Demand for sexual health advice in England hits record highs | sexual health

The growing number of sexually transmitted infections among those over 65, the rise of “chemsex” and the popularity of dating apps are leading to record demand for sexual health advice, a report has found.

Specialist counselors provided just over 4 million appointments for people suffering from a sexually transmitted disease such as syphilis or needing help with contraception in England last year.

Participation in sexual and reproductive health services is skyrocketing due to changes in people’s sexual behaviors, according to a report by the Local Government Association.

She highlights that the number of registered sexually transmitted infections among people over the age of 65 rose from 2,280 in 2017 to 2,748 in 2019 – a 20% increase. The largest increases were in gonorrhea and chlamydia.

“Chemsex” meetings, in which predominantly gay and bisexual men have sex while using drugs such as GHB and mephedrone, increase the risk of people contracting HIV or hepatitis B or C.

“This has had a major impact on the volume and complexity of the work that sexual health services are engaged in. Chemsex interactions have increased…and this has directly translated into increased attendance at sexual health clinics, particularly in cities/urban centers,” the LGA report said.

The widespread use of hook-up apps is also leading to more STIs. For example, according to the report’s authors, Councilor David Fothergill, Chair of the LGA Welfare Committee, and James Woolgar, they have made women “more risk-averse and therefore far more likely to need treatment for an STD”. . , Liverpool’s Director of Public Health.

“The high usage and access of smartphones and dating apps comes at a price,” the report said.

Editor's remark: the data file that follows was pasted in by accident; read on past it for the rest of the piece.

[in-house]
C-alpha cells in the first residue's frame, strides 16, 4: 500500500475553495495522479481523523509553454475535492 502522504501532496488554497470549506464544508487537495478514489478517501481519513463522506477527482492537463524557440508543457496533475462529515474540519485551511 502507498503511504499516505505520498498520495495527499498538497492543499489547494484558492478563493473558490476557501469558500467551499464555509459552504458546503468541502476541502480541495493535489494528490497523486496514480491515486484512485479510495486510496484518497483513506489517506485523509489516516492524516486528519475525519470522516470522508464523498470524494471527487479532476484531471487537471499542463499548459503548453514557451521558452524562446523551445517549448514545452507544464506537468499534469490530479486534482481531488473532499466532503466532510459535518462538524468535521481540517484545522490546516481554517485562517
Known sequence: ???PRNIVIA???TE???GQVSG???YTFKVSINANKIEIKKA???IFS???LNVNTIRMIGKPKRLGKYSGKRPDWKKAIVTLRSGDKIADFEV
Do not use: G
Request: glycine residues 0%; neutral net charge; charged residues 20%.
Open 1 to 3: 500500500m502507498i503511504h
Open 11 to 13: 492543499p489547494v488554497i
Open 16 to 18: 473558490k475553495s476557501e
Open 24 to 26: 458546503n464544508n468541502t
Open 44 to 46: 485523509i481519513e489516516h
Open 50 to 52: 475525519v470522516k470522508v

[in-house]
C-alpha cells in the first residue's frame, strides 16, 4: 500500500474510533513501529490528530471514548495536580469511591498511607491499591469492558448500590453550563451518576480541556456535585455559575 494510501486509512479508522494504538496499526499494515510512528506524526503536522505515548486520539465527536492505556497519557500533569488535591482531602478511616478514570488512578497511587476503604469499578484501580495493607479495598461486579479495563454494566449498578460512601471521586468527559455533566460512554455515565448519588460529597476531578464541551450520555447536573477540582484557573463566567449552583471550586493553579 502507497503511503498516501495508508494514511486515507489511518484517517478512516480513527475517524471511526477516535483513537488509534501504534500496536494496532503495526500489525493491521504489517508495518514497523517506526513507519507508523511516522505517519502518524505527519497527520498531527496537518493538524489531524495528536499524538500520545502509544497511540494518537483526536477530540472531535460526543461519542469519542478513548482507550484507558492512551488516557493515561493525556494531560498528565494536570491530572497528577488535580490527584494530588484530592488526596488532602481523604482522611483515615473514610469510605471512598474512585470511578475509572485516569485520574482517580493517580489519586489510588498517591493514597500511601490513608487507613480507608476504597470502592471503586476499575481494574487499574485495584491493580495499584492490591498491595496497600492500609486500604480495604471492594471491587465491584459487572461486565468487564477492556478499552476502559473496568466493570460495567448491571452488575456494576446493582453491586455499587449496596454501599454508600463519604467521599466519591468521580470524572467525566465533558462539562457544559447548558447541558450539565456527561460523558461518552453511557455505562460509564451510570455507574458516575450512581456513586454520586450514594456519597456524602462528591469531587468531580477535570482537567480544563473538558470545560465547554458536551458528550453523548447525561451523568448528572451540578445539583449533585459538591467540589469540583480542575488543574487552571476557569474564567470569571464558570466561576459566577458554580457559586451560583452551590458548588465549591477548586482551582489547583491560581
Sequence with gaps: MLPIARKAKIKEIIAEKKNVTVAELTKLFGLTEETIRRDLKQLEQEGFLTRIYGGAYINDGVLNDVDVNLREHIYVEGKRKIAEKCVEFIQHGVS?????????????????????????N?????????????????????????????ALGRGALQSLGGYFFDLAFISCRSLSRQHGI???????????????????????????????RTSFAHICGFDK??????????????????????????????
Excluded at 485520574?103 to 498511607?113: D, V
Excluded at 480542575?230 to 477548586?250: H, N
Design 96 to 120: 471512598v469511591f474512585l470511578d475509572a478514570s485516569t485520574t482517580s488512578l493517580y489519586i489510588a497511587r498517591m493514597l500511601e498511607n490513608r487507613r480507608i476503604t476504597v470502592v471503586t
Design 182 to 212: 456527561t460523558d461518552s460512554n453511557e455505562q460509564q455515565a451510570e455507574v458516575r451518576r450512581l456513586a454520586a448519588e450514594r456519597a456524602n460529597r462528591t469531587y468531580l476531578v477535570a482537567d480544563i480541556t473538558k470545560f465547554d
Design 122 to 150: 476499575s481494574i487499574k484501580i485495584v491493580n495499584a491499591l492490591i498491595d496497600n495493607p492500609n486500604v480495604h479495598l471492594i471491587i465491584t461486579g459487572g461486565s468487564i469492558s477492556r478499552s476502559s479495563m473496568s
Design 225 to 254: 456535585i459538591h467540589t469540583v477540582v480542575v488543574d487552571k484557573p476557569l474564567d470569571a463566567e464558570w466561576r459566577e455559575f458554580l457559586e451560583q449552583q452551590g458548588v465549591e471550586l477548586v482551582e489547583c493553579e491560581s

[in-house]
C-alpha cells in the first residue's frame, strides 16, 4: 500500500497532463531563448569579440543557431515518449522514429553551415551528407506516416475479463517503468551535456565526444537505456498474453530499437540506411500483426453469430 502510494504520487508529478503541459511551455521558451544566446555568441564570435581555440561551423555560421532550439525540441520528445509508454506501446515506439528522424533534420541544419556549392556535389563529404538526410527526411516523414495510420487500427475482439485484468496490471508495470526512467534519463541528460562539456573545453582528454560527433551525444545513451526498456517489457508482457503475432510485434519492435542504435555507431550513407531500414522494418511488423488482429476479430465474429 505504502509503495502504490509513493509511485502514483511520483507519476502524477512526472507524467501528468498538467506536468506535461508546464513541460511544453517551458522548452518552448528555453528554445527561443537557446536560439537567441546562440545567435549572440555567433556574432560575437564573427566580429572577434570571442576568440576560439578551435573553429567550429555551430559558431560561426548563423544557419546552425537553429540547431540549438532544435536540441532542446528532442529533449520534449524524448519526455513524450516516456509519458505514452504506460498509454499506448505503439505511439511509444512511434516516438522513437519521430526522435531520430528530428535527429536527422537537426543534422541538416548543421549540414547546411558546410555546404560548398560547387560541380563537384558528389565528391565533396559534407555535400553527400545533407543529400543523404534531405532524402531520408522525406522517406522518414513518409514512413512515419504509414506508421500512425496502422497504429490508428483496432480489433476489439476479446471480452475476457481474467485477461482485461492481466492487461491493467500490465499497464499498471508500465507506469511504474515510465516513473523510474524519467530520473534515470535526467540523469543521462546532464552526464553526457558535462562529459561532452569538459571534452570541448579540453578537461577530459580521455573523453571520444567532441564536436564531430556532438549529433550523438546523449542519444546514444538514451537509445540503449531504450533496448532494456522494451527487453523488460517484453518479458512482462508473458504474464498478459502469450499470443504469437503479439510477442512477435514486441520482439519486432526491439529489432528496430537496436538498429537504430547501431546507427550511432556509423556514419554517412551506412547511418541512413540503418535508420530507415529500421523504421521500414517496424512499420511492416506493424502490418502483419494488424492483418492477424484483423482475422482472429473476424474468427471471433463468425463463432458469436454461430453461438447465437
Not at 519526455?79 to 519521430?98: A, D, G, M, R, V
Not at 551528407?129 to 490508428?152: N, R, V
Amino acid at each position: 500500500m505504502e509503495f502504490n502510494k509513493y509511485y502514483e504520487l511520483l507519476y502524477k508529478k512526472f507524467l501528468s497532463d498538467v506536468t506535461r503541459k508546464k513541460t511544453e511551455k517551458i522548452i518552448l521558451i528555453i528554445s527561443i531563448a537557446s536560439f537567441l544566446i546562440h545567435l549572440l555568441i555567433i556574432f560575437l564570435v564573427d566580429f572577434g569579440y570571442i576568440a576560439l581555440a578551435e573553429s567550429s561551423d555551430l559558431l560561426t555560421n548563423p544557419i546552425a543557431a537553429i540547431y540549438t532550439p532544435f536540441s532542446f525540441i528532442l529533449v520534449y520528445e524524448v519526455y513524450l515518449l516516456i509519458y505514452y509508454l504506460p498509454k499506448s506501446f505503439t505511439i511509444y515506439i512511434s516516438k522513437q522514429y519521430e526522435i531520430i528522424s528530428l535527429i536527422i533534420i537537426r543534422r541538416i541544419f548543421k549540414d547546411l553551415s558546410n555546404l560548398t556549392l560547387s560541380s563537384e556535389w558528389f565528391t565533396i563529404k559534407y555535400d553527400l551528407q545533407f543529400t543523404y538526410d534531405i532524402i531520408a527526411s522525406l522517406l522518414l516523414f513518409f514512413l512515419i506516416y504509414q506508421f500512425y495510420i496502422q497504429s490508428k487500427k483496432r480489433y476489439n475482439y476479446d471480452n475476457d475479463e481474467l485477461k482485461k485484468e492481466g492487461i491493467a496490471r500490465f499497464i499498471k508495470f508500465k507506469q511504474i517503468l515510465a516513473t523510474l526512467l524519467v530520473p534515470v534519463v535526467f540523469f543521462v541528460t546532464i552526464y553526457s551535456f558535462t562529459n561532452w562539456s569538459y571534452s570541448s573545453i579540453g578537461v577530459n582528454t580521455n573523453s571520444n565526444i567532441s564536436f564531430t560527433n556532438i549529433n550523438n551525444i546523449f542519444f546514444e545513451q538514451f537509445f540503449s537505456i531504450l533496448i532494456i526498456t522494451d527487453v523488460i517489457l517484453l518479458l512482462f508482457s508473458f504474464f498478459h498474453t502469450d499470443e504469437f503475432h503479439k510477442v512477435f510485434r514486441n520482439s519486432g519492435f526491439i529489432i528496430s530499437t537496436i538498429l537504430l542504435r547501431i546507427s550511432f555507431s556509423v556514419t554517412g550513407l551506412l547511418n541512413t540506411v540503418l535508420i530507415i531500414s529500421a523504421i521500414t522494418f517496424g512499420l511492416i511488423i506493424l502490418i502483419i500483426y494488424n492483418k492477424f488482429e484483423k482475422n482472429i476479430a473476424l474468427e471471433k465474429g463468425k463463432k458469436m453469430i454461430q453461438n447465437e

“Sexual admixture has changed significantly over the last 10 years, with an increase in app usage and online dating,” Fothergill said. “This, coupled with a small but growing number of people over the age of 65 requiring support from sexual health services, has resulted in new and emerging pressures for those services to contend with.”

The number of STIs diagnosed in England is declining; In 2021, 311,604 were registered. However, about 2 million people were tested for an STI this year, 19% more than in 2020.

In recent years, the LGA has found that people who need sexual health advice are accessing it online rather than in a clinic or over the phone. A large and rapidly growing minority of the 4 million people helped in 2021 were seen this way.

dr Claire Dewsnap, President of the British Association of Sexual Health and HIV, said services are under unprecedented pressure due to “an evolving sexual health landscape.”

“Changed patterns of sexual behavior among some demographic groups are reflected, for example, in increases in sexually transmitted diseases diagnosed in those over 65, while practices such as chemsex and use of dating apps may also be associated with higher-risk behaviors,” she said .

The LGA warned that services funded by local government rather than the NHS are “at breaking point” as their funding has been cut despite record turnout due to the public health grant the government is giving to councils , which have been running since will shrink by around £1bn in 2015. Further cuts could hamper efforts to reduce sexually transmitted diseases, access to contraception and efforts to limit teenage pregnancy, Fothergill warned.

The number of women who are choosing long-acting reversible contraceptives (LARC) over the pill – coils, implants and injectable contraceptives – is increasing dramatically. In 2011, only 29% of women who attended a sex health service did so using such contraceptive methods. But last year that figure was 56%, the LGA said.

A spokesman for the Department for Health and Social Care said: “We made more than £3.4 billion available to local authorities in England this year to fund public health services, including sexual and reproductive health.

“Local authorities are responsible for providing free sexual and reproductive health services, including free and confidential HIV and STI testing, condoms, provision of the HIV prevention drug PrEP, vaccination and contraception counseling.”

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